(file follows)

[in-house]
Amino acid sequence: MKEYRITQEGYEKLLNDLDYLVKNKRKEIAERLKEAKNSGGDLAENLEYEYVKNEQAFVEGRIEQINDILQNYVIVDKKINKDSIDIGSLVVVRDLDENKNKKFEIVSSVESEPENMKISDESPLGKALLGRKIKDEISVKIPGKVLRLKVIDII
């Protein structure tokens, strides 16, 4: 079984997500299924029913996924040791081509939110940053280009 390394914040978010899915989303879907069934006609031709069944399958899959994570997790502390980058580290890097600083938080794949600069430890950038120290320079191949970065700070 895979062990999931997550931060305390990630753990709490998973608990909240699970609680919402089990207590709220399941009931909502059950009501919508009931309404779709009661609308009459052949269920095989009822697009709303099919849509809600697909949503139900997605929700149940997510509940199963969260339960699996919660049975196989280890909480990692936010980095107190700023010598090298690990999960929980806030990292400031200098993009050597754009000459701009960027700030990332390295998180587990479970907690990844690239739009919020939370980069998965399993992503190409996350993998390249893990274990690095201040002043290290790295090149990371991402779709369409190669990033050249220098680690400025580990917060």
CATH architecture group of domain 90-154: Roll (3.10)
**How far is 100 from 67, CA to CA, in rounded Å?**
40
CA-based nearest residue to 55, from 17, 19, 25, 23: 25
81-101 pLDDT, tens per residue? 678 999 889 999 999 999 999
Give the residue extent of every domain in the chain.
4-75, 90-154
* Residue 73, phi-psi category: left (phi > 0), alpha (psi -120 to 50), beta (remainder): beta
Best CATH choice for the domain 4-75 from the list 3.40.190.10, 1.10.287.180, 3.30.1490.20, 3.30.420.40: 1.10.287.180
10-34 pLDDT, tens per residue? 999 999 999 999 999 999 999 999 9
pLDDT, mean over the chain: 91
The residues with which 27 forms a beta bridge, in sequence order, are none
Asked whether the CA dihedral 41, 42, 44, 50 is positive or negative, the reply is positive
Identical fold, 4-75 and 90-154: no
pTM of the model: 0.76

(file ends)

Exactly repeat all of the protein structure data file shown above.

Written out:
[in-house]
Amino acid sequence: MKEYRITQEGYEKLLNDLDYLVKNKRKEIAERLKEAKNSGGDLAENLEYEYVKNEQAFVEGRIEQINDILQNYVIVDKKINKDSIDIGSLVVVRDLDENKNKKFEIVSSVESEPENMKISDESPLGKALLGRKIKDEISVKIPGKVLRLKVIDII
């Protein structure tokens, strides 16, 4: 079984997500299924029913996924040791081509939110940053280009 390394914040978010899915989303879907069934006609031709069944399958899959994570997790502390980058580290890097600083938080794949600069430890950038120290320079191949970065700070 895979062990999931997550931060305390990630753990709490998973608990909240699970609680919402089990207590709220399941009931909502059950009501919508009931309404779709009661609308009459052949269920095989009822697009709303099919849509809600697909949503139900997605929700149940997510509940199963969260339960699996919660049975196989280890909480990692936010980095107190700023010598090298690990999960929980806030990292400031200098993009050597754009000459701009960027700030990332390295998180587990479970907690990844690239739009919020939370980069998965399993992503190409996350993998390249893990274990690095201040002043290290790295090149990371991402779709369409190669990033050249220098680690400025580990917060």
CATH architecture group of domain 90-154: Roll (3.10)
**How far is 100 from 67, CA to CA, in rounded Å?**
40
CA-based nearest residue to 55, from 17, 19, 25, 23: 25
81-101 pLDDT, tens per residue? 678 999 889 999 999 999 999
Give the residue extent of every domain in the chain.
4-75, 90-154
* Residue 73, phi-psi category: left (phi > 0), alpha (psi -120 to 50), beta (remainder): beta
Best CATH choice for the domain 4-75 from the list 3.40.190.10, 1.10.287.180, 3.30.1490.20, 3.30.420.40: 1.10.287.180
10-34 pLDDT, tens per residue? 999 999 999 999 999 999 999 999 9
pLDDT, mean over the chain: 91
The residues with which 27 forms a beta bridge, in sequence order, are none
Asked whether the CA dihedral 41, 42, 44, 50 is positive or negative, the reply is positive
Identical fold, 4-75 and 90-154: no
pTM of the model: 0.76